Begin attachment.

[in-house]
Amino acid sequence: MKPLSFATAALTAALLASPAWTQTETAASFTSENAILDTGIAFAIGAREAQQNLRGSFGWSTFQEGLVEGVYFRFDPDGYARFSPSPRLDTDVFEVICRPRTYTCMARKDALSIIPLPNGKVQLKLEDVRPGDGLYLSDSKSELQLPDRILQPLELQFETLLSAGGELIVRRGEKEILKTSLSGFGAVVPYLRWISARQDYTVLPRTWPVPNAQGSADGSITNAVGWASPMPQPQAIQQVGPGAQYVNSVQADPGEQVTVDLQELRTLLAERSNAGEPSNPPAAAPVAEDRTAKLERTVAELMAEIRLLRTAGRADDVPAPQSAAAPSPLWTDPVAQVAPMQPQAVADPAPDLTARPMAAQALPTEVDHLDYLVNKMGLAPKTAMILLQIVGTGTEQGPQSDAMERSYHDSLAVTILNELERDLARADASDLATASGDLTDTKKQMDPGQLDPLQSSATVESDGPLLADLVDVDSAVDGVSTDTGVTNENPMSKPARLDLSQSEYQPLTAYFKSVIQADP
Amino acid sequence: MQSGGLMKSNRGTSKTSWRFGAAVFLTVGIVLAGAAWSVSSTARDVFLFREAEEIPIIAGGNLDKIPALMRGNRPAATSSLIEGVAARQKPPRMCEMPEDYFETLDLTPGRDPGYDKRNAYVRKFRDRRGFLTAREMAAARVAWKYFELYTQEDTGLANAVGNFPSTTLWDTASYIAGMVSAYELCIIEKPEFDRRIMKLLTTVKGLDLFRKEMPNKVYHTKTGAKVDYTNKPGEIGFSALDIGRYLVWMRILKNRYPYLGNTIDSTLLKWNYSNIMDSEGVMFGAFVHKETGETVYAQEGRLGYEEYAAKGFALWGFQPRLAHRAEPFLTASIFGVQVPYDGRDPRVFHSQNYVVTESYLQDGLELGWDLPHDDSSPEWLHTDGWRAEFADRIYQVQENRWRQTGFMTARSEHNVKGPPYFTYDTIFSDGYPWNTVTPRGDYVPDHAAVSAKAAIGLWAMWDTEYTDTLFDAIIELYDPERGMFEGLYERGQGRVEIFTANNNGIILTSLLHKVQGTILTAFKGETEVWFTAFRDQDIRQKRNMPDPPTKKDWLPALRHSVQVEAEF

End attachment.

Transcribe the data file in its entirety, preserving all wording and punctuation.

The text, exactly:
[in-house]
Amino acid sequence: MKPLSFATAALTAALLASPAWTQTETAASFTSENAILDTGIAFAIGAREAQQNLRGSFGWSTFQEGLVEGVYFRFDPDGYARFSPSPRLDTDVFEVICRPRTYTCMARKDALSIIPLPNGKVQLKLEDVRPGDGLYLSDSKSELQLPDRILQPLELQFETLLSAGGELIVRRGEKEILKTSLSGFGAVVPYLRWISARQDYTVLPRTWPVPNAQGSADGSITNAVGWASPMPQPQAIQQVGPGAQYVNSVQADPGEQVTVDLQELRTLLAERSNAGEPSNPPAAAPVAEDRTAKLERTVAELMAEIRLLRTAGRADDVPAPQSAAAPSPLWTDPVAQVAPMQPQAVADPAPDLTARPMAAQALPTEVDHLDYLVNKMGLAPKTAMILLQIVGTGTEQGPQSDAMERSYHDSLAVTILNELERDLARADASDLATASGDLTDTKKQMDPGQLDPLQSSATVESDGPLLADLVDVDSAVDGVSTDTGVTNENPMSKPARLDLSQSEYQPLTAYFKSVIQADP
Amino acid sequence: MQSGGLMKSNRGTSKTSWRFGAAVFLTVGIVLAGAAWSVSSTARDVFLFREAEEIPIIAGGNLDKIPALMRGNRPAATSSLIEGVAARQKPPRMCEMPEDYFETLDLTPGRDPGYDKRNAYVRKFRDRRGFLTAREMAAARVAWKYFELYTQEDTGLANAVGNFPSTTLWDTASYIAGMVSAYELCIIEKPEFDRRIMKLLTTVKGLDLFRKEMPNKVYHTKTGAKVDYTNKPGEIGFSALDIGRYLVWMRILKNRYPYLGNTIDSTLLKWNYSNIMDSEGVMFGAFVHKETGETVYAQEGRLGYEEYAAKGFALWGFQPRLAHRAEPFLTASIFGVQVPYDGRDPRVFHSQNYVVTESYLQDGLELGWDLPHDDSSPEWLHTDGWRAEFADRIYQVQENRWRQTGFMTARSEHNVKGPPYFTYDTIFSDGYPWNTVTPRGDYVPDHAAVSAKAAIGLWAMWDTEYTDTLFDAIIELYDPERGMFEGLYERGQGRVEIFTANNNGIILTSLLHKVQGTILTAFKGETEVWFTAFRDQDIRQKRNMPDPPTKKDWLPALRHSVQVEAEF